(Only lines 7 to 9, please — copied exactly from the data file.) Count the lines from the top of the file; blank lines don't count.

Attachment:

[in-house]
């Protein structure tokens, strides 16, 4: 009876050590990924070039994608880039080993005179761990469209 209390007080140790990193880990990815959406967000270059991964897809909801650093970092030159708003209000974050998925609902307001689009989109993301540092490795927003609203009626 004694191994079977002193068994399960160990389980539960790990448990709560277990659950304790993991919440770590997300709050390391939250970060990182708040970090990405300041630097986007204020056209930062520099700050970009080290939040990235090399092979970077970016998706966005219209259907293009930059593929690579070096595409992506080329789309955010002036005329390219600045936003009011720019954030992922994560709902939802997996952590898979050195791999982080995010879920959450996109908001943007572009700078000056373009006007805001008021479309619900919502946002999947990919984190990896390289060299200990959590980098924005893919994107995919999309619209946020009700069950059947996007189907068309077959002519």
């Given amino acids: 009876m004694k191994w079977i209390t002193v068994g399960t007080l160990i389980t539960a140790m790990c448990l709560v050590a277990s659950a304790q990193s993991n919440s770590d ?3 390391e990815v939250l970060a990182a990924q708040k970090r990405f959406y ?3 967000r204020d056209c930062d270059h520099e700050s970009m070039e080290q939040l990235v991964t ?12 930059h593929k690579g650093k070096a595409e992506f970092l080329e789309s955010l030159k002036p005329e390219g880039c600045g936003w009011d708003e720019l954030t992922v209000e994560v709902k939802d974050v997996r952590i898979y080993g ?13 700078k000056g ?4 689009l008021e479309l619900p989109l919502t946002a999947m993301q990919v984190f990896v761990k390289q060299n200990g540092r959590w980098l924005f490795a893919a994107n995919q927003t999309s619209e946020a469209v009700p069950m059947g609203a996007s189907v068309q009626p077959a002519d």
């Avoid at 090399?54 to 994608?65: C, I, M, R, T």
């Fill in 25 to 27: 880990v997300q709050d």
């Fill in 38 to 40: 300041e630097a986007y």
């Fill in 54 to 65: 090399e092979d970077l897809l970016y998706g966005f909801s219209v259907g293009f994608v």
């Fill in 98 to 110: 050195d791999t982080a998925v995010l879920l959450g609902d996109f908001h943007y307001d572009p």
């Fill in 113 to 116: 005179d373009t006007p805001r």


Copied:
């Fill in 54 to 65: 090399e092979d970077l897809l970016y998706g966005f909801s219209v259907g293009f994608v």
């Fill in 98 to 110: 050195d791999t982080a998925v995010l879920l959450g609902d996109f908001h943007y307001d572009p």
């Fill in 113 to 116: 005179d373009t006007p805001r």